NYC Implementing Safety Measures at Intersections

By Hamodia Staff

NEW YORK – New York City is seeking to reduce accidents by implementing safety measures at thousands of intersections.

Mayor Eric Adams announced Thursday that his administration would implement safety measures at least 2,000 intersections per year, including design improvements like raised crosswalks, extended sidewalks, and leading pedestrian signals.

At at least 1,000 of these intersections, the plan includes “daylighting” — improving sightlines, such as by banning parking on corners — along with design upgrades to slow turning vehicles.

City Hall did not respond to Hamodia’s request for comment as to the number of parking spaces the plan will eliminate.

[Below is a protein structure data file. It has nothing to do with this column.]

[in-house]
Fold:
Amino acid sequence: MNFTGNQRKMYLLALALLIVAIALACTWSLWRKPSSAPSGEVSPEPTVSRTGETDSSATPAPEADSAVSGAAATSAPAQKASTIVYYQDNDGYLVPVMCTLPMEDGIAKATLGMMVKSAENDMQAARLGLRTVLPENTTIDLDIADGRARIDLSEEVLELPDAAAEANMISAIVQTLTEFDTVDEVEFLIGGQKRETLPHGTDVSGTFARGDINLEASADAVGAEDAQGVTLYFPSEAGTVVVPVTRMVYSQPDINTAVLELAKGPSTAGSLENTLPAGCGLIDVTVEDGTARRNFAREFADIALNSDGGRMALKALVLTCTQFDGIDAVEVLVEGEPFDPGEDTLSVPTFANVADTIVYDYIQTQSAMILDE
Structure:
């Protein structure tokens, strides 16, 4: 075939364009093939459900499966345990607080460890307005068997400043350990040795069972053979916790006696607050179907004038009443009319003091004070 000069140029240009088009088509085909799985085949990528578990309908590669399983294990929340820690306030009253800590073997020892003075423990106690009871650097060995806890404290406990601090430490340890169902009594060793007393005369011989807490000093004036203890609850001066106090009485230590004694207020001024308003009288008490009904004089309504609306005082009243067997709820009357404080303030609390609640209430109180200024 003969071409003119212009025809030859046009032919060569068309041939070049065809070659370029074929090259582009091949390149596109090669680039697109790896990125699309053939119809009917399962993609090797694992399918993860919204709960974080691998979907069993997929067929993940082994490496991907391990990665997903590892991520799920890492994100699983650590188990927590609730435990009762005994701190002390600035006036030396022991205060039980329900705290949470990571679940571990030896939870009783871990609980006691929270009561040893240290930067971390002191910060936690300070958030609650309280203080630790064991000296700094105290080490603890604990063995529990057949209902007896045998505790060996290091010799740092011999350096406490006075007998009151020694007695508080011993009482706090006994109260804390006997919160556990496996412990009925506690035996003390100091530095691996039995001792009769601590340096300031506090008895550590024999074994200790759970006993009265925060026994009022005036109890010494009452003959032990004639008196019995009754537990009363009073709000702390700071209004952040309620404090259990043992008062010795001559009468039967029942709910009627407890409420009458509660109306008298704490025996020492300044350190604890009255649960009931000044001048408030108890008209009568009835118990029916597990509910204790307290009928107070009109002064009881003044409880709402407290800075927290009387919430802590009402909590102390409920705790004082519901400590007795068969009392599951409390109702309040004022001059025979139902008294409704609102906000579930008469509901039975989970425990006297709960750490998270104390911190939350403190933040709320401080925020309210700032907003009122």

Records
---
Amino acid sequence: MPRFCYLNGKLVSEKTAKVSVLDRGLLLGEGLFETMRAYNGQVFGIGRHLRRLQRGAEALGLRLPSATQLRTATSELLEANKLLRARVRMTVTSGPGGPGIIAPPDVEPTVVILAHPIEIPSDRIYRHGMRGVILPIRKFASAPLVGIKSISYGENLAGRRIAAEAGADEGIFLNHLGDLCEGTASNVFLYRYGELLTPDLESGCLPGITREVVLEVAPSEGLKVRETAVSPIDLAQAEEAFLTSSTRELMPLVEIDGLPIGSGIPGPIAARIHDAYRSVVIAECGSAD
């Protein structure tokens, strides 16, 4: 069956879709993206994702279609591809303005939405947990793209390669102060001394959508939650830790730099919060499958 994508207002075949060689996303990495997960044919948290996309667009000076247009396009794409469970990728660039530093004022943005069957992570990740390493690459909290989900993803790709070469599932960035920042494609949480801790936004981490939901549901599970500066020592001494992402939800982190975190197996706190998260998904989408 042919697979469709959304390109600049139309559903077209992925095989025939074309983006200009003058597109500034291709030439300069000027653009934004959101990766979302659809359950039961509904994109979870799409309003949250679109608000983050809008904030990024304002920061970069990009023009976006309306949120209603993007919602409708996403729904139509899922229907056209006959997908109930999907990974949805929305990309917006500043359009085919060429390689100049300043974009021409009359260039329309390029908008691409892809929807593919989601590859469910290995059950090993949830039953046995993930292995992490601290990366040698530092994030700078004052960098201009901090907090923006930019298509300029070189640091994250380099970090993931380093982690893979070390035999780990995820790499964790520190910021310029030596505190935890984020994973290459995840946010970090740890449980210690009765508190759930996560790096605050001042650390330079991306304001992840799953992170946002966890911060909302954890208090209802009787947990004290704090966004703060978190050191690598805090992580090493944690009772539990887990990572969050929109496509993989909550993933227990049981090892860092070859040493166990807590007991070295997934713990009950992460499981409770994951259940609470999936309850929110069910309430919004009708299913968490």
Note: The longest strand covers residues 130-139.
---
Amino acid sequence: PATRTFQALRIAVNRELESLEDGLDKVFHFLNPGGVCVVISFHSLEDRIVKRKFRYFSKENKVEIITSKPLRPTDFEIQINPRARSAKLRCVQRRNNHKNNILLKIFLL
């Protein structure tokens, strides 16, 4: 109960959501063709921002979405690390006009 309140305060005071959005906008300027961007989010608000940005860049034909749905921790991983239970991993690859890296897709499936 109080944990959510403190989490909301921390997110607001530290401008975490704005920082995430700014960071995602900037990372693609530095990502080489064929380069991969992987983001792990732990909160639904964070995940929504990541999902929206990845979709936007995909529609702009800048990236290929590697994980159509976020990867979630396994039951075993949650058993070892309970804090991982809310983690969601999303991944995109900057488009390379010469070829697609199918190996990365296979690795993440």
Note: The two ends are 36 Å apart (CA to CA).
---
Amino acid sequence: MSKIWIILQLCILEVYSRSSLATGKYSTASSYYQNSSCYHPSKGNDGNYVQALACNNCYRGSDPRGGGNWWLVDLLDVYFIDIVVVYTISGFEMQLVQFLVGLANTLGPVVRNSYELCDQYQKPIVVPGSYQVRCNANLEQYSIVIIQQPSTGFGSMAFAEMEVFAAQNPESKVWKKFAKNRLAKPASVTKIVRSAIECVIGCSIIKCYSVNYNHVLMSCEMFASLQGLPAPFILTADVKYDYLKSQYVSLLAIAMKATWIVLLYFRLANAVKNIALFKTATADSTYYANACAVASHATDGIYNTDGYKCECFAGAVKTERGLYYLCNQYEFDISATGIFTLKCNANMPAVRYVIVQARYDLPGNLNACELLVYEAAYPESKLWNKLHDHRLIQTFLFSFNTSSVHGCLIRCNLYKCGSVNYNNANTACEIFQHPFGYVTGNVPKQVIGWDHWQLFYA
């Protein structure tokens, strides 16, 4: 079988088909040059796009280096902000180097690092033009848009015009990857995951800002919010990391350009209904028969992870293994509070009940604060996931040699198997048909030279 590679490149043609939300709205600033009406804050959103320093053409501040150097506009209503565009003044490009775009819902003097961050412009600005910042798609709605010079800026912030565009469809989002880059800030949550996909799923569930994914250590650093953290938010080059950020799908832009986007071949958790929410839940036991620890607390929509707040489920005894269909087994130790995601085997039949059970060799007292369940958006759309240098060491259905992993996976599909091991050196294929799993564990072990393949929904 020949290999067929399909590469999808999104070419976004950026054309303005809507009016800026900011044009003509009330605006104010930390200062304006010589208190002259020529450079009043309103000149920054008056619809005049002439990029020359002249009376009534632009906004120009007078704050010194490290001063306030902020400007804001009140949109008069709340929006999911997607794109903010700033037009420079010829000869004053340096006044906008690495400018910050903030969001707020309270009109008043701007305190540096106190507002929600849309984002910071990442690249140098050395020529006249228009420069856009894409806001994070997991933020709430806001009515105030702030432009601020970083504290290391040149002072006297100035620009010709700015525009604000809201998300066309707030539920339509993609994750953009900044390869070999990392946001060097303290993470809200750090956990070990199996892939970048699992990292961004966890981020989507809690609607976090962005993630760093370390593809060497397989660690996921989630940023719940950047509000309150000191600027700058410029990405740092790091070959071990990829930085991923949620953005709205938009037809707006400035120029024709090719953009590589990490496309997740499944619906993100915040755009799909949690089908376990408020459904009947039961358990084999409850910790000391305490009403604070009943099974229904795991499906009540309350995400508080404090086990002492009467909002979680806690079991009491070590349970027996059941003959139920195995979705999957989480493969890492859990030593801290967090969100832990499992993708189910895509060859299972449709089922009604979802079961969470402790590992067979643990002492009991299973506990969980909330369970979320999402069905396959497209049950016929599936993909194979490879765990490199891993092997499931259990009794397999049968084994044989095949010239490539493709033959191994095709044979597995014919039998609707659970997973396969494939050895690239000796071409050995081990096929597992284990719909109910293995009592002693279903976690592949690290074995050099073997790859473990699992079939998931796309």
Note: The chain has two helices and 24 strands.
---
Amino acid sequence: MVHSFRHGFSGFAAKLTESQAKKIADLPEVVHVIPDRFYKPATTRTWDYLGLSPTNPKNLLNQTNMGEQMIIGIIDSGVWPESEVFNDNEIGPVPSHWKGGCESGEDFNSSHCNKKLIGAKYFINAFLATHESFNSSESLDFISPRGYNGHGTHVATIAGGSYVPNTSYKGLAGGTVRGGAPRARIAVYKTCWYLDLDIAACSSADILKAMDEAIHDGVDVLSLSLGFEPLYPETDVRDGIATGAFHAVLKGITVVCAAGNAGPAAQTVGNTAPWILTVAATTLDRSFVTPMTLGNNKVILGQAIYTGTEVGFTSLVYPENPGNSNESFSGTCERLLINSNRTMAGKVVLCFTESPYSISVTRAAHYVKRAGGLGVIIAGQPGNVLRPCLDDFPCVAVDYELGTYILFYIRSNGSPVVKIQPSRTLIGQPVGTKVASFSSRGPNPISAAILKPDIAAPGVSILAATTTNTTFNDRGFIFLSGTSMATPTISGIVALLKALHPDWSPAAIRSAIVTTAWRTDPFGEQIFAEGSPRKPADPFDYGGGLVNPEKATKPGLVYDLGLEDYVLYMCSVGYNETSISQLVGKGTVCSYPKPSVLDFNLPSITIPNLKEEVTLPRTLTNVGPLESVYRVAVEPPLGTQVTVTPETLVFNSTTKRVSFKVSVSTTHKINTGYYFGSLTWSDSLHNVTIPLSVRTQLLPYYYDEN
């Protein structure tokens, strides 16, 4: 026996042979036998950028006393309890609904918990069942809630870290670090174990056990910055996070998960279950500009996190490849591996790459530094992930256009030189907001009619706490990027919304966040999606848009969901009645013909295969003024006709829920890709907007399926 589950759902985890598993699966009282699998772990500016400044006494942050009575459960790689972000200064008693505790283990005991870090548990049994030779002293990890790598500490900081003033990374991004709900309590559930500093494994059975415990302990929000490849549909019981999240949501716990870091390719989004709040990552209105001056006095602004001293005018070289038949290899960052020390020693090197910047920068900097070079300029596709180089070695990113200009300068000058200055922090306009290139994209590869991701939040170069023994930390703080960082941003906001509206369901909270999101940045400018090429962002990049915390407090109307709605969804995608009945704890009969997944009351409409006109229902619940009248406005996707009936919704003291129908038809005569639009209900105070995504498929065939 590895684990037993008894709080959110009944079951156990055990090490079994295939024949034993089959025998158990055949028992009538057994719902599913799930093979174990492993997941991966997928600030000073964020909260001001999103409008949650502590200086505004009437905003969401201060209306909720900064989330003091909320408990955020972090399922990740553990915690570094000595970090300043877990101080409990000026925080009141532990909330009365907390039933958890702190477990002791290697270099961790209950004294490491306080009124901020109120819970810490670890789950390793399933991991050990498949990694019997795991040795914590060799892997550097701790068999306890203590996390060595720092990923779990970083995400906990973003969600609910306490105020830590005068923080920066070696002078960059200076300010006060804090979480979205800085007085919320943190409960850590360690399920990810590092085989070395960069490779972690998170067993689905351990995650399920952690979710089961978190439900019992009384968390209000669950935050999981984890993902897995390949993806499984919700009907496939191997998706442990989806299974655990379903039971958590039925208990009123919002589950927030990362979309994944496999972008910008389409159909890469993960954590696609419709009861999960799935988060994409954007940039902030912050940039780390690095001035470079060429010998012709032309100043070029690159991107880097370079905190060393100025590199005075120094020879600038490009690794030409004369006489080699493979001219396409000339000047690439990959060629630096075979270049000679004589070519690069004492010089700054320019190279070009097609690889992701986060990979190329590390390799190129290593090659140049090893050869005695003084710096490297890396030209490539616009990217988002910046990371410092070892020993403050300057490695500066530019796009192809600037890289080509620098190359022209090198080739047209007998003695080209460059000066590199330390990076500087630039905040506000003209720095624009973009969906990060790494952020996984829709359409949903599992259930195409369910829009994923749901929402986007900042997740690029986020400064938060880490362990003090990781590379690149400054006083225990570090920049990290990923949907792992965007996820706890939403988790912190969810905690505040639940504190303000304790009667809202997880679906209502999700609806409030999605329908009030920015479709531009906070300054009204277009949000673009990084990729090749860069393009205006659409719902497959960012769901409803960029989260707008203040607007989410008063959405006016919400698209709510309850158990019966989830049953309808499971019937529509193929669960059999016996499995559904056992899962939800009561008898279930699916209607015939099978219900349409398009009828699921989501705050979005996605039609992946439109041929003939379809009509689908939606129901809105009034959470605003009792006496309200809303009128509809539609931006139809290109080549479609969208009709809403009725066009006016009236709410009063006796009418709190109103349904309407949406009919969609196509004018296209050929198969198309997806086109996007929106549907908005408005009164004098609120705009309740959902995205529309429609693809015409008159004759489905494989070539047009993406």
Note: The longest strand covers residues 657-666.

“Protecting New Yorkers is my most sacred responsibility as mayor, and that holds true for traffic violence just as much as any other form of violence,” Adams said Thursday in announcing the plan. “Our streets must be safe places for all New Yorkers — pedestrians, cyclists, and motorists alike.”

The Adams administration says crashes at intersections typically comprise 70 percent of all injuries and 79 percent of pedestrian injuries; and 50 percent of all fatalities, and 55 percent of pedestrian fatalities.

As part of the changes, the NYPD will also add traffic incidents to its regular CompStat reporting, broken down by subcategories including pedestrian, traditional bike, motorcycle, e-bike, moped, stand-up e-scooter, dirt bike/ATV, other motorized two-wheeled device, car, SUV, and other motor vehicle.

The administration says it installed safety measures at 1,400 intersections in 2022.

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